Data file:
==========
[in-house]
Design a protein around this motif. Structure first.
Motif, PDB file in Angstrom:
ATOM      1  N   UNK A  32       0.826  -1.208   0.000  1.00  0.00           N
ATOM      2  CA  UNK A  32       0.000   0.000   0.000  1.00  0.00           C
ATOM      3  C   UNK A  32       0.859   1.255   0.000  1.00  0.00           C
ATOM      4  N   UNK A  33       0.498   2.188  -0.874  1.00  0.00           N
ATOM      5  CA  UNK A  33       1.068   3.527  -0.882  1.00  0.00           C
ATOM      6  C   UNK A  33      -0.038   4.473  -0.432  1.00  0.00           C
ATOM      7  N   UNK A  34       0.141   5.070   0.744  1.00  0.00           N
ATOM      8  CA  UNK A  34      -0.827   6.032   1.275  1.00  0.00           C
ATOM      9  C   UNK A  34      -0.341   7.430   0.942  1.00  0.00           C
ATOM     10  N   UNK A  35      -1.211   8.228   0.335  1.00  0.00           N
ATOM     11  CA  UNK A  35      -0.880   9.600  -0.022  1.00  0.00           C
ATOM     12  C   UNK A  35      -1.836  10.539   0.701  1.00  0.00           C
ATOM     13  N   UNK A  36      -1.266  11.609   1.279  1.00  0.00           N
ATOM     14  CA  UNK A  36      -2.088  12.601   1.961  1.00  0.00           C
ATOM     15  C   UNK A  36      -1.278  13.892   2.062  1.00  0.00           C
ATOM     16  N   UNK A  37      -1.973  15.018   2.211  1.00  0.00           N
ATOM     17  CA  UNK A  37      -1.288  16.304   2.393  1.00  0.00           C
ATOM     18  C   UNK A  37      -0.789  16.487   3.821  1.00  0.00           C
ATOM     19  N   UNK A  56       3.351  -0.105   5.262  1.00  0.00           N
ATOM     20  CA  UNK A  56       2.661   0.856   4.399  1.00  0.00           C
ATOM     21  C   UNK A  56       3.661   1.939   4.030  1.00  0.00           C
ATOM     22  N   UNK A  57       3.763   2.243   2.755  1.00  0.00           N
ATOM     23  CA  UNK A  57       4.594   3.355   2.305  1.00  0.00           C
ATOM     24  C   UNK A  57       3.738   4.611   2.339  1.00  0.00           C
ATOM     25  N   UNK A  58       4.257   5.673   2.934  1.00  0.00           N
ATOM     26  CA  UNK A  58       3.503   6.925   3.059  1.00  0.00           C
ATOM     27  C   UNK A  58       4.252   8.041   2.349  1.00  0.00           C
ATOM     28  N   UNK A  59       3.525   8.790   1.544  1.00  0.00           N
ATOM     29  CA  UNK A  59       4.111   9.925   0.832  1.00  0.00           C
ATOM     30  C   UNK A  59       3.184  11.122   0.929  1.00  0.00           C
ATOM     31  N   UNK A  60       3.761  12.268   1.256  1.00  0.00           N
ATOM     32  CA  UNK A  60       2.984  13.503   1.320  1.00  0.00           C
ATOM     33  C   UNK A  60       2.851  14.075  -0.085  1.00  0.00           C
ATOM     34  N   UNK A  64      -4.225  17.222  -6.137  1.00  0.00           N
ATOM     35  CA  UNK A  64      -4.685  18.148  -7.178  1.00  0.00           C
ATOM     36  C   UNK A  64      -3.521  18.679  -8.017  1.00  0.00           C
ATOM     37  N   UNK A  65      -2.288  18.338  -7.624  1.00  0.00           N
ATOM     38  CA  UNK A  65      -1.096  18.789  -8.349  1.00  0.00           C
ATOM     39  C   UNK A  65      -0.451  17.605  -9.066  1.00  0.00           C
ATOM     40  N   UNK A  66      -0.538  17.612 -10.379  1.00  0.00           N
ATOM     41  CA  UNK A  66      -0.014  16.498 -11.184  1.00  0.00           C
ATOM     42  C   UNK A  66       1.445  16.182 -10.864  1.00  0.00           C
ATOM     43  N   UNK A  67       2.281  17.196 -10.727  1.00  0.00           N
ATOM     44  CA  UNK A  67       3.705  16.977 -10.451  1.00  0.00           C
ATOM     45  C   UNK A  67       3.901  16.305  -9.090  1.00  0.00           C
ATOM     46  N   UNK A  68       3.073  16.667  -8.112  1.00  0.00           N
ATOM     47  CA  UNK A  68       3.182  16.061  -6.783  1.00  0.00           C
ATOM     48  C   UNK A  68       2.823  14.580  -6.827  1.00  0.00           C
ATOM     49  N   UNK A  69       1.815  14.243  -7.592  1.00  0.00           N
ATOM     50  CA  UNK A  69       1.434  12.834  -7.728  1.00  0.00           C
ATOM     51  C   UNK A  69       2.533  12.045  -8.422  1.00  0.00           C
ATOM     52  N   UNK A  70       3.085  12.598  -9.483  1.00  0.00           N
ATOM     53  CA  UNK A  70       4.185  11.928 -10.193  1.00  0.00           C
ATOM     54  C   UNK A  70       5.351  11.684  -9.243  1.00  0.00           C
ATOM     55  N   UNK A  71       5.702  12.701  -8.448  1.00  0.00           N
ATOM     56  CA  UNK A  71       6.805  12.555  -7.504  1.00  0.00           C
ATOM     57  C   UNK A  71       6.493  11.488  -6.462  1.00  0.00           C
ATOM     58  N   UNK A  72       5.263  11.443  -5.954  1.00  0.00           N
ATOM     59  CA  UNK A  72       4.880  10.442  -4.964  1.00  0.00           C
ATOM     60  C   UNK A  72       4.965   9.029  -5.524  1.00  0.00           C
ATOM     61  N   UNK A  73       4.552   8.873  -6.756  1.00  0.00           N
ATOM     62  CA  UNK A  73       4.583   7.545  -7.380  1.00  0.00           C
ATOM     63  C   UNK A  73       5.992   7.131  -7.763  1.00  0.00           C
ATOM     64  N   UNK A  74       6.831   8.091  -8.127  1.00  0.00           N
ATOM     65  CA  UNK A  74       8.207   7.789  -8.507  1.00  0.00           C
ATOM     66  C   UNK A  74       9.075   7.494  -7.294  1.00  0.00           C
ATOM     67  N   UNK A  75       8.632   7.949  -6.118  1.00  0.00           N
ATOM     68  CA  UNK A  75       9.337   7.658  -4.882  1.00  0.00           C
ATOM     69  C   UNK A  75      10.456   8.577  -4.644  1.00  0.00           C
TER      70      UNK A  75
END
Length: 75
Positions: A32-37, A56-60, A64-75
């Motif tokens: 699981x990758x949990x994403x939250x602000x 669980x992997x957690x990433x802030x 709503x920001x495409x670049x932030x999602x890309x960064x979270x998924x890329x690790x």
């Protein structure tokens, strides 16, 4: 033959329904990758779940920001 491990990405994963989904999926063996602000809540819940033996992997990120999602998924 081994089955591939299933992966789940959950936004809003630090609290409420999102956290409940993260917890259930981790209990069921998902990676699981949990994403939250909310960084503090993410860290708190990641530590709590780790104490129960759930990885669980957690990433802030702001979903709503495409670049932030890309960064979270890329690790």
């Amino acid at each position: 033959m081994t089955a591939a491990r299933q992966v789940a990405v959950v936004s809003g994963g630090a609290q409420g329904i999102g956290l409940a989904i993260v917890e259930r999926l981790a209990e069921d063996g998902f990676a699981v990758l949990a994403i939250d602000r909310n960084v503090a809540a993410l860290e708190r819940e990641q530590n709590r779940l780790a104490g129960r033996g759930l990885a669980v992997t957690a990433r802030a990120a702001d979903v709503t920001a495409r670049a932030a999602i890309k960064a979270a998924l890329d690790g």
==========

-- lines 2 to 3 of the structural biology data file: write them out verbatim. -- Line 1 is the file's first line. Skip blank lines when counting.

Design a protein around this motif. Structure first.
Motif, PDB file in Angstrom: